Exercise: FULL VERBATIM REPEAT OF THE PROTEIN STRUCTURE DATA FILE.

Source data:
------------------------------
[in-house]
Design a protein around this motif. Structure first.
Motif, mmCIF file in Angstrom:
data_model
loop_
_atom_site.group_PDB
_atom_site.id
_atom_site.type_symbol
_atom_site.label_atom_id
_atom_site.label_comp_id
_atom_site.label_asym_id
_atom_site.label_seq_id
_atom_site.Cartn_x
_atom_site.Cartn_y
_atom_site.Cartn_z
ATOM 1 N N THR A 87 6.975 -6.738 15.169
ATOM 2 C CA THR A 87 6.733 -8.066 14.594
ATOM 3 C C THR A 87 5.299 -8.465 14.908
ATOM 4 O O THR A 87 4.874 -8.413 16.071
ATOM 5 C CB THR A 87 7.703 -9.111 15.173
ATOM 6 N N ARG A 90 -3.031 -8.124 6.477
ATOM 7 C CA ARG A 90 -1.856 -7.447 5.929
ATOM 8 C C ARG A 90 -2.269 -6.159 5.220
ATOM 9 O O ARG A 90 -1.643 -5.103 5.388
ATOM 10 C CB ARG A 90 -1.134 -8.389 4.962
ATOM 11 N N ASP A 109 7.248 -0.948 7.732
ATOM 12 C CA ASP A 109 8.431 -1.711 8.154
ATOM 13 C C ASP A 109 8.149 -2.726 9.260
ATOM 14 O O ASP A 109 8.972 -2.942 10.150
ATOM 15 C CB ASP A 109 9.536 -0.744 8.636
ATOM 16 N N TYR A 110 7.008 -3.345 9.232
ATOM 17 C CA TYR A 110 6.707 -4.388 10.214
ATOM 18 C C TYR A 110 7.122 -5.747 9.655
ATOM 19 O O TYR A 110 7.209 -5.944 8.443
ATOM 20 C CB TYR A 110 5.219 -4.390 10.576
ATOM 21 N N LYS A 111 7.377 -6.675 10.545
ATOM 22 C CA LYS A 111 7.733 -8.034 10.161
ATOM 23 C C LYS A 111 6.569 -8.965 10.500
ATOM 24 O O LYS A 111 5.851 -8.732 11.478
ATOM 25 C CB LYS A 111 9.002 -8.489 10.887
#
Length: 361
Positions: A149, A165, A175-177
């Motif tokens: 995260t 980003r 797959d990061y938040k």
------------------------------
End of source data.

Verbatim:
[in-house]
Design a protein around this motif. Structure first.
Motif, mmCIF file in Angstrom:
data_model
loop_
_atom_site.group_PDB
_atom_site.id
_atom_site.type_symbol
_atom_site.label_atom_id
_atom_site.label_comp_id
_atom_site.label_asym_id
_atom_site.label_seq_id
_atom_site.Cartn_x
_atom_site.Cartn_y
_atom_site.Cartn_z
ATOM 1 N N THR A 87 6.975 -6.738 15.169
ATOM 2 C CA THR A 87 6.733 -8.066 14.594
ATOM 3 C C THR A 87 5.299 -8.465 14.908
ATOM 4 O O THR A 87 4.874 -8.413 16.071
ATOM 5 C CB THR A 87 7.703 -9.111 15.173
ATOM 6 N N ARG A 90 -3.031 -8.124 6.477
ATOM 7 C CA ARG A 90 -1.856 -7.447 5.929
ATOM 8 C C ARG A 90 -2.269 -6.159 5.220
ATOM 9 O O ARG A 90 -1.643 -5.103 5.388
ATOM 10 C CB ARG A 90 -1.134 -8.389 4.962
ATOM 11 N N ASP A 109 7.248 -0.948 7.732
ATOM 12 C CA ASP A 109 8.431 -1.711 8.154
ATOM 13 C C ASP A 109 8.149 -2.726 9.260
ATOM 14 O O ASP A 109 8.972 -2.942 10.150
ATOM 15 C CB ASP A 109 9.536 -0.744 8.636
ATOM 16 N N TYR A 110 7.008 -3.345 9.232
ATOM 17 C CA TYR A 110 6.707 -4.388 10.214
ATOM 18 C C TYR A 110 7.122 -5.747 9.655
ATOM 19 O O TYR A 110 7.209 -5.944 8.443
ATOM 20 C CB TYR A 110 5.219 -4.390 10.576
ATOM 21 N N LYS A 111 7.377 -6.675 10.545
ATOM 22 C CA LYS A 111 7.733 -8.034 10.161
ATOM 23 C C LYS A 111 6.569 -8.965 10.500
ATOM 24 O O LYS A 111 5.851 -8.732 11.478
ATOM 25 C CB LYS A 111 9.002 -8.489 10.887
#
Length: 361
Positions: A149, A165, A175-177
């Motif tokens: 995260t 980003r 797959d990061y938040k």